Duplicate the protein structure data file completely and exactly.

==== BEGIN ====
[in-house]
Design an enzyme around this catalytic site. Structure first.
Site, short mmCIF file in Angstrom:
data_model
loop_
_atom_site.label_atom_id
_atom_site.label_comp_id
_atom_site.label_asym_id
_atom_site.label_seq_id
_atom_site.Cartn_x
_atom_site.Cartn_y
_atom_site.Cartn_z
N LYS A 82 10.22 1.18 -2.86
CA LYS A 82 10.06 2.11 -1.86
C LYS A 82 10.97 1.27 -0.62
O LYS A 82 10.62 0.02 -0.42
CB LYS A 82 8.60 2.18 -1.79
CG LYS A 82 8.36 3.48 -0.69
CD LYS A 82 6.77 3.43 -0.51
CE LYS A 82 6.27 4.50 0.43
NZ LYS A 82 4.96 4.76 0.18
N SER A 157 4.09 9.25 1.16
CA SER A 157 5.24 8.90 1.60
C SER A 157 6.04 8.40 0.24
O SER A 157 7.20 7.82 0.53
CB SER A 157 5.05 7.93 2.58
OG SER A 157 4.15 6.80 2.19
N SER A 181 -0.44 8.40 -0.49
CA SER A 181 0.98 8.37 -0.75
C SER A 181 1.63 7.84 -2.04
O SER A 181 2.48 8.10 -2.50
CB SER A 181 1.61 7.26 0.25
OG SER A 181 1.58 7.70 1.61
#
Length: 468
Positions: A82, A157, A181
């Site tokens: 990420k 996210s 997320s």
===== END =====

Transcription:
[in-house]
Design an enzyme around this catalytic site. Structure first.
Site, short mmCIF file in Angstrom:
data_model
loop_
_atom_site.label_atom_id
_atom_site.label_comp_id
_atom_site.label_asym_id
_atom_site.label_seq_id
_atom_site.Cartn_x
_atom_site.Cartn_y
_atom_site.Cartn_z
N LYS A 82 10.22 1.18 -2.86
CA LYS A 82 10.06 2.11 -1.86
C LYS A 82 10.97 1.27 -0.62
O LYS A 82 10.62 0.02 -0.42
CB LYS A 82 8.60 2.18 -1.79
CG LYS A 82 8.36 3.48 -0.69
CD LYS A 82 6.77 3.43 -0.51
CE LYS A 82 6.27 4.50 0.43
NZ LYS A 82 4.96 4.76 0.18
N SER A 157 4.09 9.25 1.16
CA SER A 157 5.24 8.90 1.60
C SER A 157 6.04 8.40 0.24
O SER A 157 7.20 7.82 0.53
CB SER A 157 5.05 7.93 2.58
OG SER A 157 4.15 6.80 2.19
N SER A 181 -0.44 8.40 -0.49
CA SER A 181 0.98 8.37 -0.75
C SER A 181 1.63 7.84 -2.04
O SER A 181 2.48 8.10 -2.50
CB SER A 181 1.61 7.26 0.25
OG SER A 181 1.58 7.70 1.61
#
Length: 468
Positions: A82, A157, A181
């Site tokens: 990420k 996210s 997320s």